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    Thammasat University launched “The Circular Innovation Challenge”

    SDG Lab: School of Global Studies, Thammasat University in collaboration with Indorama Ventures Public Company Limited, a world-class chemicals company with a global leader in PET partners including the SEAMEO Regional Centre for Sufficiency Economy Philosophy for Sustainability, the United Nations Development Program (UNDP), and the United Nations Children’s Fund (UNICEF) launched “The Circular Innovation Challenge” on April 26, 2021, to persuade young people between the ages of 16-30 to present their innovative ideas for general practice and development in order to create a circular economy, improve plastic waste management and solve hygiene problems.

    This challenge offered a prize valued at over 200,000 baht together with learning session and workshop by experts from leading international organizations

    Prof. Dr. Prapaporn Tivayanond Mongkhonvanit, Dean of the School of Global Studies, Thammasat University as the initiator of the Circular Innovation Challenge held by SDG Lab: School of Global Studies, said that the objective of the Circular Innovation Challenge is to raise awareness of circular economy issues.

    In addition, it helps young innovators to enhance new skills to propose solutions concerning our society and the environment. The contest will be held as a hackathon, which is a design sprint-like event in which participants brainstorm to solve waste management issues.

    Mr. Yash Lohia, Chief Recycling Officer of Indorama Ventures, said, “We are proud to support ‘The Circular Innovation Challenge’ and hope to provide tools and spaces for new generations to create a circular economy for the future. Moreover, they can learn from various experts directly. We hope this project will provide a better understanding of the circular economy in Thailand and promote the benefits of using recycled products because good innovation makes a comprehensive circular economy like our PET bottles, which still circulate in the economy loop.”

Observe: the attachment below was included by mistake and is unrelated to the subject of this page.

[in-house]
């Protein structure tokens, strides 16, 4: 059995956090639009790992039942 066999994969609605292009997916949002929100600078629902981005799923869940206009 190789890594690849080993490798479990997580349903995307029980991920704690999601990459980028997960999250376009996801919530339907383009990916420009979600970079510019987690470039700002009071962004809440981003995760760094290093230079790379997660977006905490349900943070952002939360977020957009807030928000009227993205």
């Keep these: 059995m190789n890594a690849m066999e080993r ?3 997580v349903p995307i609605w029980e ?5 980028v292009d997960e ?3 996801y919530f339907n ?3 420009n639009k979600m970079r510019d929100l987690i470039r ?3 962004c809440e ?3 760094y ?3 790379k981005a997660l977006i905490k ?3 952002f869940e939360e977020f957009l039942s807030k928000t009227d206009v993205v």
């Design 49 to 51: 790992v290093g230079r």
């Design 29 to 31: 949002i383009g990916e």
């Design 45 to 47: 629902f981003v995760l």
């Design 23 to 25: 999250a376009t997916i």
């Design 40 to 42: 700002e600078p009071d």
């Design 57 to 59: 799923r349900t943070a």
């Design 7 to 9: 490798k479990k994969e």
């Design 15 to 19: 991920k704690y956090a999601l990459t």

“For example, we are the first Thai company with the success of high-quality PET bottle recycling for the production of medical PPE which can be washed and used repeatedly replacing the single-use one.”, Mr Lohia added.

    Recycling is the core element of a circular economy and a clear practice to reduce waste problems. Therefore, the company cooperates with both domestic and international organizations to support a universal declaration to increase the use of recycled products aiming at increasing the PET bottle recycling capacity to 50 billion bottles/year by 2025.

    Mr. Renaud Meyer, UNDP Representative in Thailand said, “The poor waste management problem has a very negative impact on the environment and human life, especially the impact on marine resources, onshore biodiversity and public health. During the COVID-19 crisis, we saw the vulnerabilities of the waste management system, infrastructure as well as changes in waste management.”

    “However, this crisis allowed us to initiate a more sustainable model of innovation, define green spaces, build resilience to life and develop modern innovations. The United Nations Development Program believes that innovation plays a key role in solving waste management problems. Thailand supports young entrepreneurs and communities by transferring knowledge of the waste management approach through circular economy principles,” Mr Meyer continued.

    “The concept of circular economy is not only a guide to more sustainable resource management, but it also helps to achieve other sustainable development goals. One of them is Goal 12: Ensure sustainable consumption and production patterns.”

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